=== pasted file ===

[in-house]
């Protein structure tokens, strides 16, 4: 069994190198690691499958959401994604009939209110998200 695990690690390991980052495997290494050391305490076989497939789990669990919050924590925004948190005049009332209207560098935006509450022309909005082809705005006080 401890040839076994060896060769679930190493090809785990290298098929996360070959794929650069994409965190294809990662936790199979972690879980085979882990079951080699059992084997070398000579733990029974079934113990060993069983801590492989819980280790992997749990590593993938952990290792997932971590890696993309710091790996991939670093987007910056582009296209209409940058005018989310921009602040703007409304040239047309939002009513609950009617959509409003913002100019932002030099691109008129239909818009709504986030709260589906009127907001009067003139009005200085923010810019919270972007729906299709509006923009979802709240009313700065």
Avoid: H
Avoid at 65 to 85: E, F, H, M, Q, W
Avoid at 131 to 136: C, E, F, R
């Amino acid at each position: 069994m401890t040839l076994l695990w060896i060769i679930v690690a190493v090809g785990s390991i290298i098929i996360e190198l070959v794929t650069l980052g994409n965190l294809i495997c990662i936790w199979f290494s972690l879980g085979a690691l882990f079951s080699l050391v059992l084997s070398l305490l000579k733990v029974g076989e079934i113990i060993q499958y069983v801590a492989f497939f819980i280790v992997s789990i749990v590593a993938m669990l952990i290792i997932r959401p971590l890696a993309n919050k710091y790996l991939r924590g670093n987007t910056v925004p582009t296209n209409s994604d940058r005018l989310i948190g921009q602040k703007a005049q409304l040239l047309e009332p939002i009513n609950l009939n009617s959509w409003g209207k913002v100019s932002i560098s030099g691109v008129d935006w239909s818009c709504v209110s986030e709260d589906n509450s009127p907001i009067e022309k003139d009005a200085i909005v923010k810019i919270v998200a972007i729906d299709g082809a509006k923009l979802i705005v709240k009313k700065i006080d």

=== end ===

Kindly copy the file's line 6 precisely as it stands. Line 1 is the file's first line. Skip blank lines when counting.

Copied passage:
């Amino acid at each position: 069994m401890t040839l076994l695990w060896i060769i679930v690690a190493v090809g785990s390991i290298i098929i996360e190198l070959v794929t650069l980052g994409n965190l294809i495997c990662i936790w199979f290494s972690l879980g085979a690691l882990f079951s080699l050391v059992l084997s070398l305490l000579k733990v029974g076989e079934i113990i060993q499958y069983v801590a492989f497939f819980i280790v992997s789990i749990v590593a993938m669990l952990i290792i997932r959401p971590l890696a993309n919050k710091y790996l991939r924590g670093n987007t910056v925004p582009t296209n209409s994604d940058r005018l989310i948190g921009q602040k703007a005049q409304l040239l047309e009332p939002i009513n609950l009939n009617s959509w409003g209207k913002v100019s932002i560098s030099g691109v008129d935006w239909s818009c709504v209110s986030e709260d589906n509450s009127p907001i009067e022309k003139d009005a200085i909005v923010k810019i919270v998200a972007i729906d299709g082809a509006k923009l979802i705005v709240k009313k700065i006080d």